For episode 23, Elizabeth and Ben are joined by teacher, opera singer and Dungeon Master Myf Coghill on a trip to Ankh-Morpork’s opera house in 1994’s Discworld novel of witches, phantoms and experimental cookery: Maskerade!
Nanny Ogg finds herself in a coven with Granny Weatherwax and…no-one. She decides young Agnes Nitt – last seen dabbling in the craft while wearing black lace and calling herself “Perdita” – is just the person to fill the position – but Agnes has run off to Ankh-Morpork to join the opera, where all is not well. A mysterious “Opera Ghost” watches over every performance, and while he used to be seen as a good luck charm, he’s become demanding, dangerous and possibly deranged. “Perdita” has gotten herself mixed up in it all, thanks to her friendship with the ingenue Christine. Can she find out the identity of the Opera Ghost before the bodies start stacking up – and before Granny and Nanny stick their noses in and do it for her?
Pratchett delves into a world hitherto unknown to him and takes Granny and Nanny to the big city for their penultimate book, heavily influenced by The Phantom of the Opera, and about much more earthly matters than their previous adventures. We learn a lot about opera, Andrew Lloyd Webber and the world of publishing, and delve into Pratchett’s treatment of Agnes, a beloved character whose unflattering portrayal was the subject of many questions and comments. Did Maskerade bring out the opera fan in you? Do you think Agnes deserved better? And despite being a bit of a downer, is this one of the best Discworld books we’ve discussed so far? Use the hashtag #Pratchat23 on social media to join the conversation and let us know what you think!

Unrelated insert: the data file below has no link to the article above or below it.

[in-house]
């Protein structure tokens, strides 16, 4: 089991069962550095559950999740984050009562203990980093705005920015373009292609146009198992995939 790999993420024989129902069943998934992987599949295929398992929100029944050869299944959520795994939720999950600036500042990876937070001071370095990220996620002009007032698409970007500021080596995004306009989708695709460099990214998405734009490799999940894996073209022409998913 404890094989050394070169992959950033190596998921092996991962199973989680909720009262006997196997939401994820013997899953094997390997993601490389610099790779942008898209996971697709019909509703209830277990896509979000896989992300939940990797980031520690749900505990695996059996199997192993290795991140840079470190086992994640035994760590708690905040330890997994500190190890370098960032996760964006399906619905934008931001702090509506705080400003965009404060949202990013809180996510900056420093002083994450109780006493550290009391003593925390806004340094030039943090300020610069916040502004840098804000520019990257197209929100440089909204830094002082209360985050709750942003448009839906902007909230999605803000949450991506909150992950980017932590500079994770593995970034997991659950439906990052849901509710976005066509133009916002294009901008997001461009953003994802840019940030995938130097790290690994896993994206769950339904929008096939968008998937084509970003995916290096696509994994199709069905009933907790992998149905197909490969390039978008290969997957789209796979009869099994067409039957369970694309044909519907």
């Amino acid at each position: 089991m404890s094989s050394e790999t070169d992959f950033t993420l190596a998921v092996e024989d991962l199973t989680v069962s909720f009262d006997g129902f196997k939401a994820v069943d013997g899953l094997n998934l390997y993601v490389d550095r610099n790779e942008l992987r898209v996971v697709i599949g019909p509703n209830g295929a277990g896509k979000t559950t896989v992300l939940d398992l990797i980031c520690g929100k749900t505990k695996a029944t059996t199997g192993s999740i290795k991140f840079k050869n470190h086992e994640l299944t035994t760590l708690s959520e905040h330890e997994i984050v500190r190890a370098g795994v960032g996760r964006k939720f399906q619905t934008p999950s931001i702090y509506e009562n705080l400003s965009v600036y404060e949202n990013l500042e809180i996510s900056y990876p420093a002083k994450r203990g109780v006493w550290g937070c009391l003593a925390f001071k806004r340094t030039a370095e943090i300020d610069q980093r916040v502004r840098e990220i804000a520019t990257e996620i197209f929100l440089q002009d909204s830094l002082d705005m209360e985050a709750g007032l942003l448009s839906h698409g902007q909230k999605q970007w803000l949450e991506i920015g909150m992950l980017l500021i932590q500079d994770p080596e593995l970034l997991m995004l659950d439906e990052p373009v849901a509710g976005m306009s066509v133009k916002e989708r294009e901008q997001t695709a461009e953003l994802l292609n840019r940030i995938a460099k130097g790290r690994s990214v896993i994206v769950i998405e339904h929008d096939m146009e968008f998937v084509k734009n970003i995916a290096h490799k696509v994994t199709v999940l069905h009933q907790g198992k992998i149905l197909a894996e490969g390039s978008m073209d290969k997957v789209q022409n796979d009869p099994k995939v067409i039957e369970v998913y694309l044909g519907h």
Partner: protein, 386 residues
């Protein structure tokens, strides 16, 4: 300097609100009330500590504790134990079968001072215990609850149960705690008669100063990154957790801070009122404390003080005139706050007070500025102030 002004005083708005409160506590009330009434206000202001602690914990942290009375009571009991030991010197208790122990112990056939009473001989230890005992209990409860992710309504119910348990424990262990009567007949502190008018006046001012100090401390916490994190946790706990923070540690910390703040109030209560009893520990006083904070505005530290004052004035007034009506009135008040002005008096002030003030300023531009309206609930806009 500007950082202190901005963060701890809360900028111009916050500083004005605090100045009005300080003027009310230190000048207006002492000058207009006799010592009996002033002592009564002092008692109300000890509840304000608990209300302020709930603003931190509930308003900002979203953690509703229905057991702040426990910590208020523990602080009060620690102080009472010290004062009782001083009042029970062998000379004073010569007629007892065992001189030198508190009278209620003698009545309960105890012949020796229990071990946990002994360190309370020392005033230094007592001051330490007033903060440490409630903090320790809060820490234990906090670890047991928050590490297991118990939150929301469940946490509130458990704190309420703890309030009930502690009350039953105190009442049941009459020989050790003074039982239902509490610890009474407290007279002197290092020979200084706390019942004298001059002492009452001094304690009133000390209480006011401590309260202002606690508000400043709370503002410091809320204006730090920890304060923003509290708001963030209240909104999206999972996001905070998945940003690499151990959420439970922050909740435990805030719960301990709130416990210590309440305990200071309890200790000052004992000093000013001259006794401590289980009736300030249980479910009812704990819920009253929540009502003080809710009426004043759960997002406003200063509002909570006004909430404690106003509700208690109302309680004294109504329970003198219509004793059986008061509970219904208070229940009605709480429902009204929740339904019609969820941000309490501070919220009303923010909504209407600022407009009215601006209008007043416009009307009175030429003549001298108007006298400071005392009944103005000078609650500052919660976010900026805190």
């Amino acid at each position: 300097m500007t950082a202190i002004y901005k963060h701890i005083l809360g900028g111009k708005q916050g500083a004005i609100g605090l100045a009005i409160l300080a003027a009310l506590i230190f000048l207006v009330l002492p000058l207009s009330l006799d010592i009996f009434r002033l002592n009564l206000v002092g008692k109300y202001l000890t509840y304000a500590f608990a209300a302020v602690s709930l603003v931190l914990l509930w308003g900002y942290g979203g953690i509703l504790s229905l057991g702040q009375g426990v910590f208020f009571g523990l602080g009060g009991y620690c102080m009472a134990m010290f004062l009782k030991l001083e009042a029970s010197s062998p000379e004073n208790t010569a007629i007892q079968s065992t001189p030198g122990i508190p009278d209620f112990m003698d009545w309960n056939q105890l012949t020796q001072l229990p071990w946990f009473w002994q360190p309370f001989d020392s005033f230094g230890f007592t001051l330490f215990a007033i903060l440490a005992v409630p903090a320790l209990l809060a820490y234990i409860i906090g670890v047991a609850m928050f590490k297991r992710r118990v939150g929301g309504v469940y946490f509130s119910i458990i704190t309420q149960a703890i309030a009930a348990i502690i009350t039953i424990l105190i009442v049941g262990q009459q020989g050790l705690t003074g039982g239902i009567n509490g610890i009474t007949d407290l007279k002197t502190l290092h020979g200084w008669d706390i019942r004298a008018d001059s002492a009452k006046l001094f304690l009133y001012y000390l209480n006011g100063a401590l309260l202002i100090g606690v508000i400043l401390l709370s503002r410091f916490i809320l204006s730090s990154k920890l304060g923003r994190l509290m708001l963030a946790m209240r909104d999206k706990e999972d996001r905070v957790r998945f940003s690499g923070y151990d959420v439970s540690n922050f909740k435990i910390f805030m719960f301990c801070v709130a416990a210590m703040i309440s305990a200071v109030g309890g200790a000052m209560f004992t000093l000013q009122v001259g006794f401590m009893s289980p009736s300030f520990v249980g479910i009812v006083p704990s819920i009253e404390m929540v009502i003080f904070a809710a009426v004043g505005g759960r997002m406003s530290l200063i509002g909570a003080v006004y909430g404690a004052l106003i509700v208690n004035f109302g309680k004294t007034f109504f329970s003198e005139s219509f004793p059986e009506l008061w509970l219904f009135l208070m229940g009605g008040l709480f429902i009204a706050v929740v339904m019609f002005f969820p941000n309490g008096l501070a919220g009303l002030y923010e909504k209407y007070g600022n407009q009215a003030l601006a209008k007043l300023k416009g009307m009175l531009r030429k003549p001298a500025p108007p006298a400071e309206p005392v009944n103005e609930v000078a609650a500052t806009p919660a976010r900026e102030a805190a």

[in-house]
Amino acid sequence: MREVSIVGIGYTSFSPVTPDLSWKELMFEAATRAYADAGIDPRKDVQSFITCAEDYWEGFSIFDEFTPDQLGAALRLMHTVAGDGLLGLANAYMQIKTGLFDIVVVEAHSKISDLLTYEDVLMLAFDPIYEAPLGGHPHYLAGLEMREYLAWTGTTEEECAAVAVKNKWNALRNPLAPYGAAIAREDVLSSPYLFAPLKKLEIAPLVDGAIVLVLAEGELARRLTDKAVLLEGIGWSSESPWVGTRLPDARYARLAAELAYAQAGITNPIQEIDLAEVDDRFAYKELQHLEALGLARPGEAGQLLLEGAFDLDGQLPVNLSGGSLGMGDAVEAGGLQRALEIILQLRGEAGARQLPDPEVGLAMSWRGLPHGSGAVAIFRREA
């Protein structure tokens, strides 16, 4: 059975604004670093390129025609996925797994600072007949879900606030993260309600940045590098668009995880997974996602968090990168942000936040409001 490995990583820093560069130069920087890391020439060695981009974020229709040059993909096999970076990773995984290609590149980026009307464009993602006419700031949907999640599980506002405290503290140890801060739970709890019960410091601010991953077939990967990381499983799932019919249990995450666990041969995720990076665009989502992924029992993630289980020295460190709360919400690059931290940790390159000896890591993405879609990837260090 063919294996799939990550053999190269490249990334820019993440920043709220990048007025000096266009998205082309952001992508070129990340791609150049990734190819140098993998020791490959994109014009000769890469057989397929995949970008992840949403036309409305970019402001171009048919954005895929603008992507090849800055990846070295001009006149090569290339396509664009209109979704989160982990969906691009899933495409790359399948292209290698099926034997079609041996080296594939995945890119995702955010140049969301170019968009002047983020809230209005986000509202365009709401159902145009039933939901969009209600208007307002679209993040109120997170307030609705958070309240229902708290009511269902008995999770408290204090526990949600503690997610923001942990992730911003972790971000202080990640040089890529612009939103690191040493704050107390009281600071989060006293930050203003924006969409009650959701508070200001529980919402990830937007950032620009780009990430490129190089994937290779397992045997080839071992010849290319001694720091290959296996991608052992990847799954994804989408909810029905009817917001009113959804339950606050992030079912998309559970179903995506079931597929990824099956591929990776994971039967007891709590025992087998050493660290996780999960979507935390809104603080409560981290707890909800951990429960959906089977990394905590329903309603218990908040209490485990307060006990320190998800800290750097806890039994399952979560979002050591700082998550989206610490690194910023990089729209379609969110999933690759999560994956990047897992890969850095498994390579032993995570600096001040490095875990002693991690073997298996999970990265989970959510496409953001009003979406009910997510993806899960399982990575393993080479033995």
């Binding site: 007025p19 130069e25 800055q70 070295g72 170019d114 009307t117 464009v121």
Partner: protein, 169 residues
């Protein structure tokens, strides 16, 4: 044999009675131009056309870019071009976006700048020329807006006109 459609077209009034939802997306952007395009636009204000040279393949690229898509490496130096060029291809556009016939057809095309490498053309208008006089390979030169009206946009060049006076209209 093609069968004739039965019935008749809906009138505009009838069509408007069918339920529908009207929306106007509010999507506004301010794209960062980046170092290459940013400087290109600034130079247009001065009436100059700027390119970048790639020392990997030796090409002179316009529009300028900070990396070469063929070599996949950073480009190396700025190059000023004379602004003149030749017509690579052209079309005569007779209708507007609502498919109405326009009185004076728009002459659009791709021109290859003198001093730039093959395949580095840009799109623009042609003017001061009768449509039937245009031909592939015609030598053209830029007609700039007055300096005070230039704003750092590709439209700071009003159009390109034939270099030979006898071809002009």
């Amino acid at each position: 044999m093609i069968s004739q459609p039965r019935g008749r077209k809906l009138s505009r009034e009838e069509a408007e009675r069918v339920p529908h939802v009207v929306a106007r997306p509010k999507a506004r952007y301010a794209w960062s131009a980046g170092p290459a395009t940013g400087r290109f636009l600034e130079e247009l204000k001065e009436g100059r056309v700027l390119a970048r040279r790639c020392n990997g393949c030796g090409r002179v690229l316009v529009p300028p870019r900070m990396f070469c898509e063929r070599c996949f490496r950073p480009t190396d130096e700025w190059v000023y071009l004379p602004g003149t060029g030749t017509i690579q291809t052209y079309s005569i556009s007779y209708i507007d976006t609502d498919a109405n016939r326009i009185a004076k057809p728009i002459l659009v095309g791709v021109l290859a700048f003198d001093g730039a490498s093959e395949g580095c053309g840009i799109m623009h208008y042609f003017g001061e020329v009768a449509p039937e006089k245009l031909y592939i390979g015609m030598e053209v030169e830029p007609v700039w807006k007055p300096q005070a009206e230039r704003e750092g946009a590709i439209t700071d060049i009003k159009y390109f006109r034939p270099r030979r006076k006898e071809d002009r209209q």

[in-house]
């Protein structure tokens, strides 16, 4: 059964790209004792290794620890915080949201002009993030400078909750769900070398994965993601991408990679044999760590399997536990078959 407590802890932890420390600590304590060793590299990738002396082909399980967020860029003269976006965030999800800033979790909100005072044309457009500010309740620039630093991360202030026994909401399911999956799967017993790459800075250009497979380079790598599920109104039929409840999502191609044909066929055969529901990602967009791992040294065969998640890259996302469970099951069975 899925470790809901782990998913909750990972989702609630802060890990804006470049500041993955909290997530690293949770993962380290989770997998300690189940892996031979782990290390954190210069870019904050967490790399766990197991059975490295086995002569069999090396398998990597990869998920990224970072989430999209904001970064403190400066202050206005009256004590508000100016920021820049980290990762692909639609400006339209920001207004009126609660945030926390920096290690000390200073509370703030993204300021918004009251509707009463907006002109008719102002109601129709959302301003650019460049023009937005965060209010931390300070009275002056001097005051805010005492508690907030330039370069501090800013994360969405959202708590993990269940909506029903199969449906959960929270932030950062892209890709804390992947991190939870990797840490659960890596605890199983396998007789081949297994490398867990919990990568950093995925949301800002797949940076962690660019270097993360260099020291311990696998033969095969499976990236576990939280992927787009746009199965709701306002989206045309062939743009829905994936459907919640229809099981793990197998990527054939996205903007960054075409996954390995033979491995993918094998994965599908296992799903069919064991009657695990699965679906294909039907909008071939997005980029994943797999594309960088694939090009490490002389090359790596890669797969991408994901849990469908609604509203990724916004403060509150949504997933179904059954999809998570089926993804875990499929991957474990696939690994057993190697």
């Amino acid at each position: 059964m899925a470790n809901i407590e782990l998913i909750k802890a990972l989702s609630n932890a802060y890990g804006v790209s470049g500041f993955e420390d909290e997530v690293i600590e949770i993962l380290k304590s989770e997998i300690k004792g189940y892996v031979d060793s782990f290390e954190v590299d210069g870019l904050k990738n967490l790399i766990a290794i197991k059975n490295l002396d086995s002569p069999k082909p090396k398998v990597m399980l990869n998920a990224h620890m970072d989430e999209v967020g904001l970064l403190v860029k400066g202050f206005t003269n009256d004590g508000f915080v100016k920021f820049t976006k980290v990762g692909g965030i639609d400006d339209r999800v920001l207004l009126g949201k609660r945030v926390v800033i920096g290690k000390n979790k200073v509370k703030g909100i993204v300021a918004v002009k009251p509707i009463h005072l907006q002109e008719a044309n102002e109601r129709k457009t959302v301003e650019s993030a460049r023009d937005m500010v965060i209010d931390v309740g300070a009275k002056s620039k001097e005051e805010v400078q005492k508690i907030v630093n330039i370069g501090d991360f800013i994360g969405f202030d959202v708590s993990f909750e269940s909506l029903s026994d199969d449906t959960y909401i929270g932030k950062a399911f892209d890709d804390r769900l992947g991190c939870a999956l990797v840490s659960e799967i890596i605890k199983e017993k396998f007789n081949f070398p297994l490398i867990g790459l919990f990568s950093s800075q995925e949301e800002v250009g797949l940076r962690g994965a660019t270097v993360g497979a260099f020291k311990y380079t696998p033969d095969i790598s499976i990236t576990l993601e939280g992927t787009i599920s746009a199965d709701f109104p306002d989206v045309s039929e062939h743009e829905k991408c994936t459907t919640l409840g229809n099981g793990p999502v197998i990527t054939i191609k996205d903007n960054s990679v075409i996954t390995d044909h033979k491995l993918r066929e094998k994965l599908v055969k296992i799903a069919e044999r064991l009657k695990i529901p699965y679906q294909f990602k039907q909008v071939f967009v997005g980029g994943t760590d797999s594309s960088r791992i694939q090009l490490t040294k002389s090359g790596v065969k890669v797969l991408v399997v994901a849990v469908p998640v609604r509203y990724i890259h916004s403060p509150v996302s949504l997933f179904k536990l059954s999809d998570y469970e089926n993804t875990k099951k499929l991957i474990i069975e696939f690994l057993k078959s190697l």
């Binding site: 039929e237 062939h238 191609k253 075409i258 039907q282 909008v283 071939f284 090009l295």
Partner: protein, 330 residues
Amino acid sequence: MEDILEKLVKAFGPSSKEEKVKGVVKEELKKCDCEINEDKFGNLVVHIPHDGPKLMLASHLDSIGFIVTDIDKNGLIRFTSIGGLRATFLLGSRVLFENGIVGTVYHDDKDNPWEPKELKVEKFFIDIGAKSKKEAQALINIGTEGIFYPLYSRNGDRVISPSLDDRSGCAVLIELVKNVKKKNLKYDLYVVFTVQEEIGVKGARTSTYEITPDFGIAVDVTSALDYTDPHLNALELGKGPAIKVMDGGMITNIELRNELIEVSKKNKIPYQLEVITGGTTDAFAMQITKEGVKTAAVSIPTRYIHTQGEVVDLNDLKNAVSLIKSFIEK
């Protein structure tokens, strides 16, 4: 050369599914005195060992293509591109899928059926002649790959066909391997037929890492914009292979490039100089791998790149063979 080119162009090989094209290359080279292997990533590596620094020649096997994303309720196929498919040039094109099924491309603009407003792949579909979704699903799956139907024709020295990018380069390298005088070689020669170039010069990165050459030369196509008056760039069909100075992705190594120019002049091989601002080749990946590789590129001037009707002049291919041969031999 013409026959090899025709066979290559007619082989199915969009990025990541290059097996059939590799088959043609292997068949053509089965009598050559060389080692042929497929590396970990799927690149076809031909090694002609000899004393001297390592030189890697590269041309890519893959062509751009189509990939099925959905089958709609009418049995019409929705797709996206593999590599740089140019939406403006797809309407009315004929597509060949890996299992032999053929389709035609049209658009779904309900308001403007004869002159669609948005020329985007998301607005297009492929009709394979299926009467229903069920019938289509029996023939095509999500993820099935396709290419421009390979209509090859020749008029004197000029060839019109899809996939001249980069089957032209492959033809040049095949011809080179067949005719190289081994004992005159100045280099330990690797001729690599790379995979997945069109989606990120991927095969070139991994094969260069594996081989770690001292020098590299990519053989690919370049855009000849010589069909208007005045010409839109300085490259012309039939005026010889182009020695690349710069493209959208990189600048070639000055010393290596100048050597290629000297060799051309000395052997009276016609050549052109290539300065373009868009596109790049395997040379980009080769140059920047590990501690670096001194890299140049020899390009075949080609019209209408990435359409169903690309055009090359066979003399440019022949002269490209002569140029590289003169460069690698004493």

We’re staying in Ankh-Morpork for Feet of Clay in October before heading back in time to explore the origins of Granny Weatherwax in November with Equal Rites. Plus our subscriber-only bonus podcast, Ook Club, has launched! You can subscribe for as little as $2 a month to check it out. You’ll find all the details on our Support Us page.
Show Notes and Errata:
- You can find Myfanwy Coghill on Twitter at @_merlenoir_.
- The Chronicles of Thomas Covenant is a series of ten fantasy novels written by American author Stephen R. Donaldson between 1977 and 2013. Covenant is an author from our world who loses two fingers before being diagnosed with leprosy, shortly before his wife divorces him. When he is knocked unconscious he is transported to “the Land”, a fantasy world where he is a hero of prophecy in the conflict against the evil Lord Foul, though Thomas thinks that the Land is a delusion. The series has had a mixed critical response. If you’re going to look into them, please note our content warning: the first book contains an act of rape and this is referred to many times throughout the first trilogy.
- The English sit-com Keeping Up Appearances was a farce created by Roy Clarke (of Open All Hours and Last of the Summer Wine fame) which ran on BBC One from 1990 to 1995. It starred Patricia Routledge as Hyacinth Bucket, a woman who aspires to move among the upper class, and is desperately ashamed of her lower class family. A running gag is that she tries to have everyone pronounce her family name “bouquet”, despite the fact that her middle class husband Richard – played by Clive Swift – has always pronounced it “bucket”.
- Avengers: Endgame (2019) was the final film in the Avengers series, part of the Marvel Cinematic Universe. It brought together characters from the previous twenty-one Marvel films in a massive crossover, and became the highest-grossing film of all time.
- Deadpool and its sequel Deadpool 2 are films from 20th Century Fox about the titular superhero character, a mutant mercenary with rapid healing powers. While technically part of the X-Men film franchise, the films are made on a lower budget and Deadpool – who often breaks the fourth wall in the comics and is aware he is in a movie – comments on the lack of cameos from more famous actors and characters, especially Hugh Jackman as Wolverine.